There are two definitions currently used for subtropical cyclones depending on their location. Across the north Atlantic and southwest Indian Ocean, they require some central convection fairly near the center surrounding a warming core existing in the mid-levels of the troposphere. Across the eastern half of the northern Pacific however, they require a mid-tropospheric cyclone to be cut off from the main belt of the westerlies and with only a weak surface circulation. Subtropical cyclones have wider wind fields with the maximum sustained winds located further from the center than typical tropical cyclones, and have no weather fronts linked into their center.Since they form from initially extratropical cyclones which have colder temperatures aloft than normally found in the tropics, the sea surface temperatures required for their formation are lower than the tropical cyclone threshold (around 26.5°C (79.7°F)) by 3°C (5°F), lying around 23 °C (73 °F). This also means that subtropical cyclones are more likely to form outside the traditional bounds of the North Atlantic hurricane season and at higher latitudes. Subtropical cyclones are also observed to form in the South Atlantic, where subtropical cyclones are observed in all months.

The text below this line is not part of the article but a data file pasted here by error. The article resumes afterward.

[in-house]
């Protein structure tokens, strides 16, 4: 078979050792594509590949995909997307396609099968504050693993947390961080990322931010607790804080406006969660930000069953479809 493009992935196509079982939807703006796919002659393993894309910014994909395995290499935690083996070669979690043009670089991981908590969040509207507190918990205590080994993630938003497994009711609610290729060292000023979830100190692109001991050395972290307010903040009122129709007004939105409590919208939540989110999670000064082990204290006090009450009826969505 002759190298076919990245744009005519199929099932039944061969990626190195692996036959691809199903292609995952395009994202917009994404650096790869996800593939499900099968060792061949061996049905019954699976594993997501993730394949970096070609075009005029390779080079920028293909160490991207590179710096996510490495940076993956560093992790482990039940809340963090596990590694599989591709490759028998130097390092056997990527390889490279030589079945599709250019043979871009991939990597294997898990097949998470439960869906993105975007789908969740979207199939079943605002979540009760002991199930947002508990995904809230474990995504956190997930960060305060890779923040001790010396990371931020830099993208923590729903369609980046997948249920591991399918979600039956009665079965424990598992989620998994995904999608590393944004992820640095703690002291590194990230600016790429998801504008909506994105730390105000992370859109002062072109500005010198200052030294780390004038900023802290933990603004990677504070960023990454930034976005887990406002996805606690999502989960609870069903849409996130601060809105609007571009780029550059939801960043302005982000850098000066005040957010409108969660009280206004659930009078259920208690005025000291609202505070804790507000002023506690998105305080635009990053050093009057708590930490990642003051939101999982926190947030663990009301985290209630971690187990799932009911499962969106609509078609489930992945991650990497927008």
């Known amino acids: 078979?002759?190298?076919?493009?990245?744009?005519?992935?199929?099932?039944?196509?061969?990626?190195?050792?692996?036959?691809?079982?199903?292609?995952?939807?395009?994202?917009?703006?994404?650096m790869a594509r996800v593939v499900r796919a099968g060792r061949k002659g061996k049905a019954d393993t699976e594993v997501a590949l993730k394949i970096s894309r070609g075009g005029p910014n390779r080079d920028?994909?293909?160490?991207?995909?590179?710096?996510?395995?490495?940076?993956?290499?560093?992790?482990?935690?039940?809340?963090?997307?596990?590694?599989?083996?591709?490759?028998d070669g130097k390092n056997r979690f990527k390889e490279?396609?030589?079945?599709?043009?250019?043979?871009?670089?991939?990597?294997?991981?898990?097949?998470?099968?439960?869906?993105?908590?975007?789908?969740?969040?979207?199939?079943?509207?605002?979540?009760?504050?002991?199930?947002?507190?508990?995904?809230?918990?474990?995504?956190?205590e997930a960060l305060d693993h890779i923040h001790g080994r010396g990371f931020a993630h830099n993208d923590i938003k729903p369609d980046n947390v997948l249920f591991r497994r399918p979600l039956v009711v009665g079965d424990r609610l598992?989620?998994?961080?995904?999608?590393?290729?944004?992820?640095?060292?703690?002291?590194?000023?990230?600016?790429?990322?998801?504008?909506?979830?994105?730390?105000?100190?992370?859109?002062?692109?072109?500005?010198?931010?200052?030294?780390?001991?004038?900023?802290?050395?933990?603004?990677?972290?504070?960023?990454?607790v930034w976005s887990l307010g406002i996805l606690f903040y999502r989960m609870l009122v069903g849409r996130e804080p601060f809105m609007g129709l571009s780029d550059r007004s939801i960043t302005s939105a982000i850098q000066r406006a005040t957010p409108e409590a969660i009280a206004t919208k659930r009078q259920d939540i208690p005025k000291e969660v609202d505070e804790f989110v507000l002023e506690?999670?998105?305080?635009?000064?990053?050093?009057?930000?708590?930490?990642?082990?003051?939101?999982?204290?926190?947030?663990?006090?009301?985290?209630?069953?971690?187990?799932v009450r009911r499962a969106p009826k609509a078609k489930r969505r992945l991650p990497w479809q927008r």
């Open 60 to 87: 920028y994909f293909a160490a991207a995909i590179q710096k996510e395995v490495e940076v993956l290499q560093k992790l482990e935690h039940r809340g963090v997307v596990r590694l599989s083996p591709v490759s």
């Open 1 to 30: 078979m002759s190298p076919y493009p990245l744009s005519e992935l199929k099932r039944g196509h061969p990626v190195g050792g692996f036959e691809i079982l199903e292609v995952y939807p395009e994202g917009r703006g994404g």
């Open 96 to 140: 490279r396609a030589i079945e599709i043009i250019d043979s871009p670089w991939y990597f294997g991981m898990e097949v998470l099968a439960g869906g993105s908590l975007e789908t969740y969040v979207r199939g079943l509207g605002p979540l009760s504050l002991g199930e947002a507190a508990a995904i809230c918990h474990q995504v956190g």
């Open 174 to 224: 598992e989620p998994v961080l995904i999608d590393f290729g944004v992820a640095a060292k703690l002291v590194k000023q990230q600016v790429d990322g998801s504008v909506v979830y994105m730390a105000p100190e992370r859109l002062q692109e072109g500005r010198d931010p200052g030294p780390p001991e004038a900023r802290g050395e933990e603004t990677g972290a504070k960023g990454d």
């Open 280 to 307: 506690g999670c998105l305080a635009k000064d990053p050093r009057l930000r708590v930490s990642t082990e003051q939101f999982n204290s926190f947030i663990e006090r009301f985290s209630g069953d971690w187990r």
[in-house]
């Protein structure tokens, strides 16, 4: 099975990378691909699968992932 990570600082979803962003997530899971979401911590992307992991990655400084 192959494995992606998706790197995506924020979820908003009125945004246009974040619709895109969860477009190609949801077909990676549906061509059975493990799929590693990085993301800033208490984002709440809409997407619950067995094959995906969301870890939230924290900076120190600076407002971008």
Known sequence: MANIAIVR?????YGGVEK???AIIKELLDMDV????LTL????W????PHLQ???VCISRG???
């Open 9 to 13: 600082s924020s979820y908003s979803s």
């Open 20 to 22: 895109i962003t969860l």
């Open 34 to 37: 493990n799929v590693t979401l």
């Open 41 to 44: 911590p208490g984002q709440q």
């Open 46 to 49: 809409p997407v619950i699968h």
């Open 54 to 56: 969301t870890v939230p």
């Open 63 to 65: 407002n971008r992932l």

You will notice the frontal boundary which does connect to the center of the low:
NHC TAFB SURFACE ANALYSIS MAPS JAN. 16 – 17 2023
In the second graphic, it is hard to make out, but the occlusion does wrap around into the center of the northern most low pressure marking.
Based on the statement from the NHC TWO of this having been embedded in a cold air mass, I kind of doubt that the system had a warm core, or even a partial warm core. In regard to warm core development, SST’s in general need to be around 21C to 23C for the system to take advantage of latent heat of evaporation. From weather.gov: